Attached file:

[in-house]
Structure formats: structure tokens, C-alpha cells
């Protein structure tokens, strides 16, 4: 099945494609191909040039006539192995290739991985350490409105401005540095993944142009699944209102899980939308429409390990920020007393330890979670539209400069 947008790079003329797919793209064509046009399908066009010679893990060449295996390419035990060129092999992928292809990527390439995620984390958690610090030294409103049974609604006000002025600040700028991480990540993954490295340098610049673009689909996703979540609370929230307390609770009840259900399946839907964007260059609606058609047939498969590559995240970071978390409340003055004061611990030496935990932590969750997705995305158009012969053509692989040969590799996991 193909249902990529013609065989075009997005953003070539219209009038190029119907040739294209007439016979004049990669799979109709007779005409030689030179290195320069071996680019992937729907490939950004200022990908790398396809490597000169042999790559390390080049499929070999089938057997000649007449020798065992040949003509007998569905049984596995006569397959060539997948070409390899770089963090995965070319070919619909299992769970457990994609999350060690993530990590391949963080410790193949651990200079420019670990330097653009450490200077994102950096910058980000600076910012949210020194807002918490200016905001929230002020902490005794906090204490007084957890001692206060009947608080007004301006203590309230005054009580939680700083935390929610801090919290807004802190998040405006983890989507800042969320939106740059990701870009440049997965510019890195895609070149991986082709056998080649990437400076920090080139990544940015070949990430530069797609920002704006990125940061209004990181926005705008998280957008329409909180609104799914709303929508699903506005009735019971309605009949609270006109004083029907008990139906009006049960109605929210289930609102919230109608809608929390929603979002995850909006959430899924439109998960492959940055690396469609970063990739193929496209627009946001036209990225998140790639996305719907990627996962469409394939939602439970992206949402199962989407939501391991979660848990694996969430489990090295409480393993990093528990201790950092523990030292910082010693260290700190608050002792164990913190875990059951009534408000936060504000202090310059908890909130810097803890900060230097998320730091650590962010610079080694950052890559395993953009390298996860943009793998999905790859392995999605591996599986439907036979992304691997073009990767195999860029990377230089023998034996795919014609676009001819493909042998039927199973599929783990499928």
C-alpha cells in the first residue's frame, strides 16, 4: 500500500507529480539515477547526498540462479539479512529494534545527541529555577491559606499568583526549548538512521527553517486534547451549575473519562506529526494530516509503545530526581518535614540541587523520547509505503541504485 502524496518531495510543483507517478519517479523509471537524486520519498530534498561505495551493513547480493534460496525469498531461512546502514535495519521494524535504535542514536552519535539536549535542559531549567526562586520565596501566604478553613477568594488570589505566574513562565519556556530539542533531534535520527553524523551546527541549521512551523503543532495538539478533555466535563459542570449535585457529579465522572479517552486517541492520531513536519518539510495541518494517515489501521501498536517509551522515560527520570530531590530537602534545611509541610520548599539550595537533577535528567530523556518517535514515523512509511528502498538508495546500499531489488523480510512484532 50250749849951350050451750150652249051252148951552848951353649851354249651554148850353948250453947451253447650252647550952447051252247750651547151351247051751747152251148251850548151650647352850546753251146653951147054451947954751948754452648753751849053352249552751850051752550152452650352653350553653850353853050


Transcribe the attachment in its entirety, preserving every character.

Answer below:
[in-house]
Structure formats: structure tokens, C-alpha cells
């Protein structure tokens, strides 16, 4: 099945494609191909040039006539192995290739991985350490409105401005540095993944142009699944209102899980939308429409390990920020007393330890979670539209400069 947008790079003329797919793209064509046009399908066009010679893990060449295996390419035990060129092999992928292809990527390439995620984390958690610090030294409103049974609604006000002025600040700028991480990540993954490295340098610049673009689909996703979540609370929230307390609770009840259900399946839907964007260059609606058609047939498969590559995240970071978390409340003055004061611990030496935990932590969750997705995305158009012969053509692989040969590799996991 193909249902990529013609065989075009997005953003070539219209009038190029119907040739294209007439016979004049990669799979109709007779005409030689030179290195320069071996680019992937729907490939950004200022990908790398396809490597000169042999790559390390080049499929070999089938057997000649007449020798065992040949003509007998569905049984596995006569397959060539997948070409390899770089963090995965070319070919619909299992769970457990994609999350060690993530990590391949963080410790193949651990200079420019670990330097653009450490200077994102950096910058980000600076910012949210020194807002918490200016905001929230002020902490005794906090204490007084957890001692206060009947608080007004301006203590309230005054009580939680700083935390929610801090919290807004802190998040405006983890989507800042969320939106740059990701870009440049997965510019890195895609070149991986082709056998080649990437400076920090080139990544940015070949990430530069797609920002704006990125940061209004990181926005705008998280957008329409909180609104799914709303929508699903506005009735019971309605009949609270006109004083029907008990139906009006049960109605929210289930609102919230109608809608929390929603979002995850909006959430899924439109998960492959940055690396469609970063990739193929496209627009946001036209990225998140790639996305719907990627996962469409394939939602439970992206949402199962989407939501391991979660848990694996969430489990090295409480393993990093528990201790950092523990030292910082010693260290700190608050002792164990913190875990059951009534408000936060504000202090310059908890909130810097803890900060230097998320730091650590962010610079080694950052890559395993953009390298996860943009793998999905790859392995999605591996599986439907036979992304691997073009990767195999860029990377230089023998034996795919014609676009001819493909042998039927199973599929783990499928």
C-alpha cells in the first residue's frame, strides 16, 4: 500500500507529480539515477547526498540462479539479512529494534545527541529555577491559606499568583526549548538512521527553517486534547451549575473519562506529526494530516509503545530526581518535614540541587523520547509505503541504485 502524496518531495510543483507517478519517479523509471537524486520519498530534498561505495551493513547480493534460496525469498531461512546502514535495519521494524535504535542514536552519535539536549535542559531549567526562586520565596501566604478553613477568594488570589505566574513562565519556556530539542533531534535520527553524523551546527541549521512551523503543532495538539478533555466535563459542570449535585457529579465522572479517552486517541492520531513536519518539510495541518494517515489501521501498536517509551522515560527520570530531590530537602534545611509541610520548599539550595537533577535528567530523556518517535514515523512509511528502498538508495546500499531489488523480510512484532 50250749849951350050451750150652249051252148951552848951353649851354249651554148850353948250453947451253447650252647550952447051252247750651547151351247051751747152251148251850548151650647352850546753251146653951147054451947954751948754452648753751849053352249552751850051752550152452650352653350553653850353853050